Positive Twitter Posts May Reduce Your Insurance Bill In The Future

Big data is one of those fintech trends that leaves a lot of people puzzled. Most companies and individuals have no idea what big data even is or how it can be used to improve their daily lives. But the insurance sector, which is also keen on blockchain technology, sees big data as a way to lower yearly contract rates (that is, when people are very vocal on Twitter).

Finally A Proper Use Case For Twitter?

As great a social platform as Twitter is, the viability of this platform has been questioned more than once. No one is exactly sure as to what the purpose of Twitter is in the grand scheme of things. Insurance Companies see the platform as a big data treasure trove, which may help them reduce monthly insurance bills in the long run.

As strange as it may sound, researchers believe that there is a direct correlation between positive Twitter posts and a reduced risk of heart disease. Although this research seems to raise more questions than answers right now, it is an option well worth exploring. Insurance providers could use this research to price premiums for individuals who show signs of negativity on the social platform.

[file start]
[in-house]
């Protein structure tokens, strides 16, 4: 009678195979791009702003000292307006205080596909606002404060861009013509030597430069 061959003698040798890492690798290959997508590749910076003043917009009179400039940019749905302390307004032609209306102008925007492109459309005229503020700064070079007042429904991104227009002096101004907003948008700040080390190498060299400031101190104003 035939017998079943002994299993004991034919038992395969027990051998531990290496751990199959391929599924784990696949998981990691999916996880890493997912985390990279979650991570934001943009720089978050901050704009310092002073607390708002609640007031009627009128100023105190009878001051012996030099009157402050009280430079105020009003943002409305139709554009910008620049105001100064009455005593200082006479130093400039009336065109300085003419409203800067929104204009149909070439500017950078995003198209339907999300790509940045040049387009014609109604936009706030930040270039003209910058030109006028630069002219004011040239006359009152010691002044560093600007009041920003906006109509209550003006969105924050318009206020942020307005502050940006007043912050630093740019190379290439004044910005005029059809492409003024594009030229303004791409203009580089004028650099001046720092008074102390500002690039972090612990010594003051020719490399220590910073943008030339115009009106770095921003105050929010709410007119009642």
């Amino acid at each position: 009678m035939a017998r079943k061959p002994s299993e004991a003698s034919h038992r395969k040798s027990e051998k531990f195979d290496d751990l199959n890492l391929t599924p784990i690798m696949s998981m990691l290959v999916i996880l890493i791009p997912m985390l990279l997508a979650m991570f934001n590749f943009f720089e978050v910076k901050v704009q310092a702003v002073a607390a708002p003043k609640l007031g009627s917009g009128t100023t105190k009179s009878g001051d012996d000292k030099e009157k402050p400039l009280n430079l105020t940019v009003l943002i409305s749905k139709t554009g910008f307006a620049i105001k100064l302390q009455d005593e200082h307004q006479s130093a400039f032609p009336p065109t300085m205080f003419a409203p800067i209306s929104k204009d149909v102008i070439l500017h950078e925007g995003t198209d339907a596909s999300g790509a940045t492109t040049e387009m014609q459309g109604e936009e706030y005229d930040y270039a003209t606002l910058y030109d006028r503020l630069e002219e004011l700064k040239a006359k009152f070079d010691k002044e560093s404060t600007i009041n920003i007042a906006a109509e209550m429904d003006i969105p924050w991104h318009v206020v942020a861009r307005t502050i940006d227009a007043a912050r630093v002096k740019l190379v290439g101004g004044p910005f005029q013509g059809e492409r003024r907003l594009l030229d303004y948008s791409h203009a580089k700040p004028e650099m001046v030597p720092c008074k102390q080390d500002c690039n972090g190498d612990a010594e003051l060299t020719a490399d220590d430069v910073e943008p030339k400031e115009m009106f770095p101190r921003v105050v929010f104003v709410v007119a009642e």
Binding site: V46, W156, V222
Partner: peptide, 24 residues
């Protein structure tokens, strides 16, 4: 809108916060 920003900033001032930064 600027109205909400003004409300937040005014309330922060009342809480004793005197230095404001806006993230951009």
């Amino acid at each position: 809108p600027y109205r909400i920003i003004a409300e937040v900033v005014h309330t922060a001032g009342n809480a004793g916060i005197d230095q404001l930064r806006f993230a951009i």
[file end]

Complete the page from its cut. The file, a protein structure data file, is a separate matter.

While it is true that insurance rates could–and perhaps should– become cheaper as we develop new technologies, this correlation will strike a lot of people as “odd.” Then again, sentiment analysis is a rather new field, which has not been explored by too many researchers just yet. Big data and artificial intelligence can use this data to make predictive models, which will become more accurate over time.

At the same time, this research will lead to a lot of discussion among privacy advocates. Although every piece of information shared on Twitter is public by default, some experts worry over the erosion of customer privacy. Moreover, this approach could lead to the undermining of the core principle of insurance, which is sharing risk.

To put things into perspective, combining Twitter monitoring with big data in the insurance sector could have its perks. Users could be rewarded or penalized based on their lifestyles, which translates to lower or higher insurance bills. Making healthy choices will result in potential rewards, which could go as far as cash back or even social discounts.

Unfortunately, monitoring Twitter is still a limited approach to making insurance more affordable. Many people do not use the social platform right now, nor do they have any inclination to do so in the future. Specific regions in the world face censorship, meaning that the government can filter out the messages they deem “inappropriate.” That would have a significant impact on these new insurance models as well.

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